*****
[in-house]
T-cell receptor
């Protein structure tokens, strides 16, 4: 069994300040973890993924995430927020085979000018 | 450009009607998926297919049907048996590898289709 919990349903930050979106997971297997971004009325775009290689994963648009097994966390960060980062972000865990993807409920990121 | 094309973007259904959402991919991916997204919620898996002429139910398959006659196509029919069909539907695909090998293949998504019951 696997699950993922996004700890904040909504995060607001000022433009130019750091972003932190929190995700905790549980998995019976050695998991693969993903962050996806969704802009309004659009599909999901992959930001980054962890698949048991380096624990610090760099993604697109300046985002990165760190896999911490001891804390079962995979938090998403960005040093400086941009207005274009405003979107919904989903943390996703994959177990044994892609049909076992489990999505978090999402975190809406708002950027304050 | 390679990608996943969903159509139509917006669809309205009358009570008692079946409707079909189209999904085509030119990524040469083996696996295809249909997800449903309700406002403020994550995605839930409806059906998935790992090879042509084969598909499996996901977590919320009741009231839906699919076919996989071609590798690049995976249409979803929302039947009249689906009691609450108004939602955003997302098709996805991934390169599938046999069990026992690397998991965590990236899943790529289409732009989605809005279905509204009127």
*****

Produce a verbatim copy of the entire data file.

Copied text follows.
[in-house]
T-cell receptor
């Protein structure tokens, strides 16, 4: 069994300040973890993924995430927020085979000018 | 450009009607998926297919049907048996590898289709 919990349903930050979106997971297997971004009325775009290689994963648009097994966390960060980062972000865990993807409920990121 | 094309973007259904959402991919991916997204919620898996002429139910398959006659196509029919069909539907695909090998293949998504019951 696997699950993922996004700890904040909504995060607001000022433009130019750091972003932190929190995700905790549980998995019976050695998991693969993903962050996806969704802009309004659009599909999901992959930001980054962890698949048991380096624990610090760099993604697109300046985002990165760190896999911490001891804390079962995979938090998403960005040093400086941009207005274009405003979107919904989903943390996703994959177990044994892609049909076992489990999505978090999402975190809406708002950027304050 | 390679990608996943969903159509139509917006669809309205009358009570008692079946409707079909189209999904085509030119990524040469083996696996295809249909997800449903309700406002403020994550995605839930409806059906998935790992090879042509084969598909499996996901977590919320009741009231839906699919076919996989071609590798690049995976249409979803929302039947009249689906009691609450108004939602955003997302098709996805991934390169599938046999069990026992690397998991965590990236899943790529289409732009989605809005279905509204009127």